• The third category are requirements that are inseparable.

    [Currently I can't give an example.]

    When you have a group of requirements that belong together, write a single use case for them.

  4. Does the software engineering methodology you follow or the project procedure require use case documentation?

  • Thank you. I have to write the use cases mostly because of the methodology and procedures. About your 3. question out of curiosity: how would you approach something more abstract? – Cemre Uludag Feb 5 '15 at 14:48
2

A functional requirement wouldn't state that a new DB table needs to be created so that different layers of your application can relay user input from the UI. And it certainly shouldn't specify the schema of the table.

What you have is not a Function Requirement. It may have started off as one but it looks like somebody along the way has suggested some implementation details.

Do you still have the original FR? If so, you should be able to write use cases around that (which wouldn't reference any implementation details).

  • So perhaps with a functional requirement that has degenerated into implementation details a use case, that specifies WHY the user wants some data stored and what the user wants to do with the data, is more important than ever. – Kasper van den Berg Feb 5 '15 at 14:28
  • Interesting point. That's if the implementation details were actually specified by an end user and not somebody else who was just trying to be helpful. – MetaFight Feb 5 '15 at 14:32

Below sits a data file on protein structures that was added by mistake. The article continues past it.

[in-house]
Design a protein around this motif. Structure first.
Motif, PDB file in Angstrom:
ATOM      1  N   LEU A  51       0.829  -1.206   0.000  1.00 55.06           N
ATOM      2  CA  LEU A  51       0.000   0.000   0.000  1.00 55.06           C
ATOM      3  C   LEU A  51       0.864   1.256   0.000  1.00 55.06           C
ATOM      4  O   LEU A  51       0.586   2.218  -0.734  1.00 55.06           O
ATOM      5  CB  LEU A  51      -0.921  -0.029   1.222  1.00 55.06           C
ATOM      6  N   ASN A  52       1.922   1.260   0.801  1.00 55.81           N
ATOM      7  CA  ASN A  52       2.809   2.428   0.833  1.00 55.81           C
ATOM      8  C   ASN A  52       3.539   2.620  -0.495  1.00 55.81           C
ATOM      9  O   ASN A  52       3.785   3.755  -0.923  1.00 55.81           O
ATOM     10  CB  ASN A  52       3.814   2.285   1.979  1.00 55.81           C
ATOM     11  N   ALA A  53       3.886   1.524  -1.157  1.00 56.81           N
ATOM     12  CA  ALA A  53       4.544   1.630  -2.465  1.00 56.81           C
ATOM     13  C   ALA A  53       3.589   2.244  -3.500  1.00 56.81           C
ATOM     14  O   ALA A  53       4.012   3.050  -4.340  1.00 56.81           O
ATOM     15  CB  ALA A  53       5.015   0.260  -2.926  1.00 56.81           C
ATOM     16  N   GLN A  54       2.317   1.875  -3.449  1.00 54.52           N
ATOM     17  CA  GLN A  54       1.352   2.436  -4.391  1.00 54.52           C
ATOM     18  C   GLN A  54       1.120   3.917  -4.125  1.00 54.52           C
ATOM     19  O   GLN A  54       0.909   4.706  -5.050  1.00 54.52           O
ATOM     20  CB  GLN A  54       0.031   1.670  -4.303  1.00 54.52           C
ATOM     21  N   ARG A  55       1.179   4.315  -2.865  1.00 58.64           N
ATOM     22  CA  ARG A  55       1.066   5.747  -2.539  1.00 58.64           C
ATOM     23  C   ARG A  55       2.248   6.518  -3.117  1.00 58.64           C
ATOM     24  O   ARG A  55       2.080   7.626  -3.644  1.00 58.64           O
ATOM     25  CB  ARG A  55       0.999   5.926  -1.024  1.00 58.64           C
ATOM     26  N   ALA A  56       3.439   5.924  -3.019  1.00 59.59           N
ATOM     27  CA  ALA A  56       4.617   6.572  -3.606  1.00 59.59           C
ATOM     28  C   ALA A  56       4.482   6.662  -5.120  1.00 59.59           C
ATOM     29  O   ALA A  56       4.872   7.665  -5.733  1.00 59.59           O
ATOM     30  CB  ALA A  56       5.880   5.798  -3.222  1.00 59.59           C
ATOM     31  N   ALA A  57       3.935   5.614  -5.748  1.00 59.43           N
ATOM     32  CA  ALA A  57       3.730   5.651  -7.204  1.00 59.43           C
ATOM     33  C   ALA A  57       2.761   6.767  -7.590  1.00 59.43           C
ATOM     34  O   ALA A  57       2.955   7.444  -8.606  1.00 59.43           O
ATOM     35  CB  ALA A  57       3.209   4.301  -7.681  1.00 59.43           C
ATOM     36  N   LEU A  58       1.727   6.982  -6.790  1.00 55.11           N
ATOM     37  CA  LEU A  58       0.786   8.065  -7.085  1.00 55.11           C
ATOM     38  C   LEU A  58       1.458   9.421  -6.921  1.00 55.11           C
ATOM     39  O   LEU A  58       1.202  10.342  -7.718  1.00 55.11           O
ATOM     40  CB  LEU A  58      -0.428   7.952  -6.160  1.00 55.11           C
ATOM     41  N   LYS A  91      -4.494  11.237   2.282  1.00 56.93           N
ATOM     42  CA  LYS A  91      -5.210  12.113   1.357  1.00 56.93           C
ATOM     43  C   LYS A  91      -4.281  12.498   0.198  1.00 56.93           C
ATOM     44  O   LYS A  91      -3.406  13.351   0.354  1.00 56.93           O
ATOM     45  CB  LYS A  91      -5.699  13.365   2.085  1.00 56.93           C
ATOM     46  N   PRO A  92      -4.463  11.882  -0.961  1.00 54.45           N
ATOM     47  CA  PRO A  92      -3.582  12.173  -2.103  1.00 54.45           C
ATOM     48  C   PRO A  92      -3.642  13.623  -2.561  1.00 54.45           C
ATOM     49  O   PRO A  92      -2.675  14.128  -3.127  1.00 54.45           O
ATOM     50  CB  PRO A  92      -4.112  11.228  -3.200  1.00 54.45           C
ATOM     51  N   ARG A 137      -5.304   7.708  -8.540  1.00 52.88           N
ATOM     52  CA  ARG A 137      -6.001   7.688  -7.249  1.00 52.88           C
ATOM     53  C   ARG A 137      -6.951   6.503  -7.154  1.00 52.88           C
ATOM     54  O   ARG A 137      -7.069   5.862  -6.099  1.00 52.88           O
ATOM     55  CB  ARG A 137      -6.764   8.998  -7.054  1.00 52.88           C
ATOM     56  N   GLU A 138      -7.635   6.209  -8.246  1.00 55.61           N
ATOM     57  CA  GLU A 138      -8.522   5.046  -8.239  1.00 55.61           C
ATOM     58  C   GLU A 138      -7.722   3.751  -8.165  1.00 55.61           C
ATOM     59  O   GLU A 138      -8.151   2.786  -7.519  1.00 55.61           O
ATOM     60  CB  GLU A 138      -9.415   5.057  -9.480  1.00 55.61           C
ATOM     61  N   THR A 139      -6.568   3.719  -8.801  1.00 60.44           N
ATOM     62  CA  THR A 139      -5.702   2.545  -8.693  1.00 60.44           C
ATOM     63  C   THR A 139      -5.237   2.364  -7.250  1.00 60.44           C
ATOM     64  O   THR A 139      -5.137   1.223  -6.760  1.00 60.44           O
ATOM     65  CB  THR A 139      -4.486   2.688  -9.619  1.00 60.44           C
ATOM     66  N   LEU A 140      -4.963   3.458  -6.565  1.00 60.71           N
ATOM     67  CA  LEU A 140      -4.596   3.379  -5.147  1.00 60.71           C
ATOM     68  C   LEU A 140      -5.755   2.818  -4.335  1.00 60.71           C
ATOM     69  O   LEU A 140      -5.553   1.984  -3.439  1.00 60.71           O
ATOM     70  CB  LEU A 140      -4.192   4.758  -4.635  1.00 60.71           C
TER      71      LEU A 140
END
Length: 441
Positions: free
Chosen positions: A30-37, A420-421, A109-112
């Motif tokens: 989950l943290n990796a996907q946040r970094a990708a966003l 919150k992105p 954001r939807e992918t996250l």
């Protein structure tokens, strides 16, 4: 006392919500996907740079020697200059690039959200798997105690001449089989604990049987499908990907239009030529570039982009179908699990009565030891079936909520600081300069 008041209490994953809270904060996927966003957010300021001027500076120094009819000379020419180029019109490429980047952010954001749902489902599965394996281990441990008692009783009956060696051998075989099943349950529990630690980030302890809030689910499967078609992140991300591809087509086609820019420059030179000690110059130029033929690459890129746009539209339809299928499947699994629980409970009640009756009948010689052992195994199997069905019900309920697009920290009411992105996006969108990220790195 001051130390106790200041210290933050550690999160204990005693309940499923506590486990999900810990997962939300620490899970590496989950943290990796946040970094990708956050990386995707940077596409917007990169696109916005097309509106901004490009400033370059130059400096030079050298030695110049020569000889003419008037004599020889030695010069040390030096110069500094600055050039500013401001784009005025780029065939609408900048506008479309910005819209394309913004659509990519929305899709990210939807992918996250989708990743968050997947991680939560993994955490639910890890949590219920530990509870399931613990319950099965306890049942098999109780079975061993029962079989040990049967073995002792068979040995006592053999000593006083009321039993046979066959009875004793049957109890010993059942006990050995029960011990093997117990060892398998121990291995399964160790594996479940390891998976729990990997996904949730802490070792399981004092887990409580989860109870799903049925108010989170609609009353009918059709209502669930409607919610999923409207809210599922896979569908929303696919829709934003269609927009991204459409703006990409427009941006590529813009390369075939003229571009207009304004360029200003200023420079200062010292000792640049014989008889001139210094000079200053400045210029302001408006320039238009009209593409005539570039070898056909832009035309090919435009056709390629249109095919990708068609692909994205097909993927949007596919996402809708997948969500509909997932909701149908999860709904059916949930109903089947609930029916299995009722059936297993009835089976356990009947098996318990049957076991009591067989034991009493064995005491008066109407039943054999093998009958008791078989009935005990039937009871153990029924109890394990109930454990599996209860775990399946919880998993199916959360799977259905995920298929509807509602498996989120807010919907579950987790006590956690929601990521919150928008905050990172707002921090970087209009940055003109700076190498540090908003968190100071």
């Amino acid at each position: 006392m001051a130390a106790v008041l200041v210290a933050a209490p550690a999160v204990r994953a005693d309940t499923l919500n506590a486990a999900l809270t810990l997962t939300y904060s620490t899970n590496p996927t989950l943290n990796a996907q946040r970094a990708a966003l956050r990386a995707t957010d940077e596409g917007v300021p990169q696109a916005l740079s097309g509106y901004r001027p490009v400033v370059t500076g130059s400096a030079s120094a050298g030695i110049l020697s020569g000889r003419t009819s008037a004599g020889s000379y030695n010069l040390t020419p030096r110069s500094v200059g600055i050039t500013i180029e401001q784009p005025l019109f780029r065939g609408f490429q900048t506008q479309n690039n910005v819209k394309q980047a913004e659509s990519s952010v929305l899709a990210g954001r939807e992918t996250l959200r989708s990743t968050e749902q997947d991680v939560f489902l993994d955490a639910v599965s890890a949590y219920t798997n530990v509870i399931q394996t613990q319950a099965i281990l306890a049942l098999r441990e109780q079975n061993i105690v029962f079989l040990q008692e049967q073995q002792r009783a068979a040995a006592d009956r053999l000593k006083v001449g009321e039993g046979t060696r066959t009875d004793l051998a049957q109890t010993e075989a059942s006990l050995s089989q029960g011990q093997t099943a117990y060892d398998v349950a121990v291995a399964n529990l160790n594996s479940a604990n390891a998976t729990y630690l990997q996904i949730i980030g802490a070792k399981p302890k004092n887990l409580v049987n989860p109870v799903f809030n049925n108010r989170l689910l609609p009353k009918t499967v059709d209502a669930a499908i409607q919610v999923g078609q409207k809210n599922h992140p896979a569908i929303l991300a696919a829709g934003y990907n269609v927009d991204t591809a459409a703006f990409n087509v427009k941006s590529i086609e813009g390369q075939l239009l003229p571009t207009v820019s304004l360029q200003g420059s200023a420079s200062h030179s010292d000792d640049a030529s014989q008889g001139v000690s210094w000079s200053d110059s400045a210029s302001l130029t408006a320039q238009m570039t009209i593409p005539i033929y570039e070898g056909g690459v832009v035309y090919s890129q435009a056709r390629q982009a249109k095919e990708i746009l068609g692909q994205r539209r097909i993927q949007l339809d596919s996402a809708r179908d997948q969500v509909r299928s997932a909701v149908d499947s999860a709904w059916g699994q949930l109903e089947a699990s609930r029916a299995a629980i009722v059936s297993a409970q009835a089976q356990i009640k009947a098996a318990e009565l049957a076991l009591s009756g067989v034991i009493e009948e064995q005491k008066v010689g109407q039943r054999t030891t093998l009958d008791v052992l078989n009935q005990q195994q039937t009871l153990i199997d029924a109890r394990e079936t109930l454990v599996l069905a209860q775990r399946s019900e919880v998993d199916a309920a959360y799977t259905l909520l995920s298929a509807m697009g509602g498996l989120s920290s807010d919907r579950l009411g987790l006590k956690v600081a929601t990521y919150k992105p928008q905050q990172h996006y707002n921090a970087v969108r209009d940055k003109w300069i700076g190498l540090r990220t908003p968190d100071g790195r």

• @MetaFight9 The implementation details were actually specified by the customer. I am a junior analyst so I am not sure how should I treat implementations details as you say. @KaspervandenBerg In that case what would be the right way to present that implementation detail in a use case? – Cemre Uludag Feb 5 '15 at 14:43
  • 1
    It depends on the use case, often the right way to present that implementation detail in the use case would be not. However, the use case might be "the new system has to interact with system X, then you can specify that the interface with system X is a database table structured as ... . – Kasper van den Berg Feb 5 '15 at 14:48
  • There is never a need to specify that "the interface with system X is a database table structured as"....in a Use-Case. If you want to add a notes section to your use-case then you put it there but the use-case itself doesn't need those types of details. It only opens the floodgates to adding other types of details which in the end makes developing the use-cases take way longer than it should and makes the use-cases fairly worthless because the useful information you are supposed to gain from them is buried in the details. – Dunk Feb 5 '15 at 21:24

Your Answer

By clicking “Post Your Answer”, you agree to our terms of service, privacy policy and cookie policy

Not the answer you're looking for? Browse other questions tagged or ask your own question.